- The importance of a written “thank you.”
I experienced some early successes in my service contractor career and, occasionally, thank you letters from appreciative (and especially considerate) show managers began to arrive in the mail. Most of the letters were typed (all typed letters came from typewriters in those days!) on company or association letterhead and a few of the notes had the added personal touch of being handwritten. These “most likely to succeed” themed letters served as a record of my early accomplishments and I relished the fact that someone in an important role had taken time out to single me out for praise. This recognition helped me become more confident (maybe this was the career for me). I’ve kept these “records” tucked away in a safe place and I return to them from time to time (with Springsteen’s “Glory Days” playing in the background). As I’ve moved up the ladder, whenever possible, I’ve tried to return the favor by thanking people in writing for outstanding performances. A few lines of praise can go a long way as the reactions from those on the receiving end range from pleasant surprise to unbounded joy. There’s no getting away from the fact that all of us are racing around performing one task after another and it can be difficult to set aside time to gather thoughts and put them on “paper”. Fortunately, email makes it easy to deliver a message of gratitude in an instant. It is better to give than to receive and I’ve found that thanking someone in writing is a way of giving back/a lasting reward for service excellence that will be cherished by the recipient.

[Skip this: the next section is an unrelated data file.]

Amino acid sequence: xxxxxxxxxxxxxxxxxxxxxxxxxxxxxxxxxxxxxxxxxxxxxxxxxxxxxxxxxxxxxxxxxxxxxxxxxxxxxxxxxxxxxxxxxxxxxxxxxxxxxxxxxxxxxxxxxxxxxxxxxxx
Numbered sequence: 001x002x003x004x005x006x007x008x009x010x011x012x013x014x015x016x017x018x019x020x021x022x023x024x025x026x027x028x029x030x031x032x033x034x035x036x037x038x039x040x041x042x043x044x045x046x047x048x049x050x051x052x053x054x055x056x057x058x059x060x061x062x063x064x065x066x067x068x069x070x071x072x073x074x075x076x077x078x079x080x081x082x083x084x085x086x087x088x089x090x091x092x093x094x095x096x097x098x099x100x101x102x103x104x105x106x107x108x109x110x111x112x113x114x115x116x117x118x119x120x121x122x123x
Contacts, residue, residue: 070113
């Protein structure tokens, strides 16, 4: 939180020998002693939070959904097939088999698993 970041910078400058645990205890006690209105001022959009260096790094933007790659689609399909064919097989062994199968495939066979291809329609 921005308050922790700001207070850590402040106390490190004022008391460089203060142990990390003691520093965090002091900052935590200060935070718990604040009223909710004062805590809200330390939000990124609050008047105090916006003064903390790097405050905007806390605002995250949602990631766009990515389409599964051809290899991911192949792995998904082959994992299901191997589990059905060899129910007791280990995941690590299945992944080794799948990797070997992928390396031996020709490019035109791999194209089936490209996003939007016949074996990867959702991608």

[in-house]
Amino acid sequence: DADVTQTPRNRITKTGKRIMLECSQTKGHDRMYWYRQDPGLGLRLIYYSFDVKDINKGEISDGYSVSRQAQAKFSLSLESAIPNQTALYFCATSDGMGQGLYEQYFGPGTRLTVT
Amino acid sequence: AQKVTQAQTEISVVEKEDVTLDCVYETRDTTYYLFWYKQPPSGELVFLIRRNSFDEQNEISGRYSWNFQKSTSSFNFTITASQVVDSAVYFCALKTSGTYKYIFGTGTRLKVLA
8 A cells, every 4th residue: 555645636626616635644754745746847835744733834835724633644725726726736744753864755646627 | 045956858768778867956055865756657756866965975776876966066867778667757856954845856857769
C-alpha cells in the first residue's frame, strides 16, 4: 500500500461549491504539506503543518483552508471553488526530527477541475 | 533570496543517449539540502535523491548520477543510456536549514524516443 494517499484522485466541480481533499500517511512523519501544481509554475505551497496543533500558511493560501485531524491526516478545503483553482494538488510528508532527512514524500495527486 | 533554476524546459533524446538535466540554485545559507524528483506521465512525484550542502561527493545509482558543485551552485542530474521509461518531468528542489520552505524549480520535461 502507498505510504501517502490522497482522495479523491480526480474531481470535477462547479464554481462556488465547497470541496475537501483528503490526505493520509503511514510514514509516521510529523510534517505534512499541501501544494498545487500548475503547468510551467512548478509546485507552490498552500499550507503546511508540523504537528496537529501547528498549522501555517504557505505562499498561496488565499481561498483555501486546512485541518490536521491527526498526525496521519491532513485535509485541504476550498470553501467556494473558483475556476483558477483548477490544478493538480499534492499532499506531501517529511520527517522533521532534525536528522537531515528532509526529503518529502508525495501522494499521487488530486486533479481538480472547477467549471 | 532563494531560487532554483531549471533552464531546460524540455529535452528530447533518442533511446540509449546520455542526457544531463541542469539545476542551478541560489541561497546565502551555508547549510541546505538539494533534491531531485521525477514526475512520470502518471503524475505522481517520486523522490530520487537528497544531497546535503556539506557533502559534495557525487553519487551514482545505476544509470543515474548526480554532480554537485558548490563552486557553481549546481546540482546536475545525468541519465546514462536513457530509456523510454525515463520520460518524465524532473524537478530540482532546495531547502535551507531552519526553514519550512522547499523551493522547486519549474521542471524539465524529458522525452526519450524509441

I hope that all or at least some of the lessons I’ve learned assist you in your own careers. Good luck and see you on the show floor!
Julie Smith, CEM, CTA
Senior Vice President of National Sales
Global Experience Specialists (GES)
When I stumbled into the exhibitions and events industry, I didn’t have a mentor to steer me through the inevitable career potholes. Here are a few things I learned along the way that are still applicable.
- Become a student of office politics. No matter how large or small your employer is, there are always internal dynamics that aren’t reflected on an organization chart. When you join a new organization, remember to spend some time just observing….influencers, thought leaders, unofficial “consultants” to the leaders and decision makers.